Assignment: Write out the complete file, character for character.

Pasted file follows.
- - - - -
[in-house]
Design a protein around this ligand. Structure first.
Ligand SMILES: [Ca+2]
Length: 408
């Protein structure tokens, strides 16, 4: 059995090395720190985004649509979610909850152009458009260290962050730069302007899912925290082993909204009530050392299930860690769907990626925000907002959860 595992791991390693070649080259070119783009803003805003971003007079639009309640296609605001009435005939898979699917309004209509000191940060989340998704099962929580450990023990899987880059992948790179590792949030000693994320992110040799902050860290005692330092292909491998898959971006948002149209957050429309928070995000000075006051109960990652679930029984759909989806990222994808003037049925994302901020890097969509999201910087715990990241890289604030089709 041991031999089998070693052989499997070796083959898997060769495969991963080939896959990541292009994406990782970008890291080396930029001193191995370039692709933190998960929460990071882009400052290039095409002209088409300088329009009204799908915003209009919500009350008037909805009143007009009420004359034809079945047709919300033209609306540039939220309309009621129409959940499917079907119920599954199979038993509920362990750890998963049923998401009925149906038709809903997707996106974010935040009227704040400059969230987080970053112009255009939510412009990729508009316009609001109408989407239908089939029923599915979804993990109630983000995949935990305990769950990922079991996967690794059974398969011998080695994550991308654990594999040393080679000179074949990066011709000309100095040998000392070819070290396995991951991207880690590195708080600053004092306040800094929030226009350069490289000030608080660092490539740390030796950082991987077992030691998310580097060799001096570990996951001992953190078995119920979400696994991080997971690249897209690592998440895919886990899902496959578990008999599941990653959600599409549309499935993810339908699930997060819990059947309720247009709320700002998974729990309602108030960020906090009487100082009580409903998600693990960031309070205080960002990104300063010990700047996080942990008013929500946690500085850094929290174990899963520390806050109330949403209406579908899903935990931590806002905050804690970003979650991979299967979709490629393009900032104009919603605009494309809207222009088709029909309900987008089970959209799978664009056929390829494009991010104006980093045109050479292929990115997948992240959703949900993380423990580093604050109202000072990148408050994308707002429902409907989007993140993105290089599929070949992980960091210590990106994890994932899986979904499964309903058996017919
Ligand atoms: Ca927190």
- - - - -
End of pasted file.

[in-house]
Design a protein around this ligand. Structure first.
Ligand SMILES: [Ca+2]
Length: 408
């Protein structure tokens, strides 16, 4: 059995090395720190985004649509979610909850152009458009260290962050730069302007899912925290082993909204009530050392299930860690769907990626925000907002959860 595992791991390693070649080259070119783009803003805003971003007079639009309640296609605001009435005939898979699917309004209509000191940060989340998704099962929580450990023990899987880059992948790179590792949030000693994320992110040799902050860290005692330092292909491998898959971006948002149209957050429309928070995000000075006051109960990652679930029984759909989806990222994808003037049925994302901020890097969509999201910087715990990241890289604030089709 041991031999089998070693052989499997070796083959898997060769495969991963080939896959990541292009994406990782970008890291080396930029001193191995370039692709933190998960929460990071882009400052290039095409002209088409300088329009009204799908915003209009919500009350008037909805009143007009009420004359034809079945047709919300033209609306540039939220309309009621129409959940499917079907119920599954199979038993509920362990750890998963049923998401009925149906038709809903997707996106974010935040009227704040400059969230987080970053112009255009939510412009990729508009316009609001109408989407239908089939029923599915979804993990109630983000995949935990305990769950990922079991996967690794059974398969011998080695994550991308654990594999040393080679000179074949990066011709000309100095040998000392070819070290396995991951991207880690590195708080600053004092306040800094929030226009350069490289000030608080660092490539740390030796950082991987077992030691998310580097060799001096570990996951001992953190078995119920979400696994991080997971690249897209690592998440895919886990899902496959578990008999599941990653959600599409549309499935993810339908699930997060819990059947309720247009709320700002998974729990309602108030960020906090009487100082009580409903998600693990960031309070205080960002990104300063010990700047996080942990008013929500946690500085850094929290174990899963520390806050109330949403209406579908899903935990931590806002905050804690970003979650991979299967979709490629393009900032104009919603605009494309809207222009088709029909309900987008089970959209799978664009056929390829494009991010104006980093045109050479292929990115997948992240959703949900993380423990580093604050109202000072990148408050994308707002429902409907989007993140993105290089599929070949992980960091210590990106994890994932899986979904499964309903058996017919
Ligand atoms: Ca927190």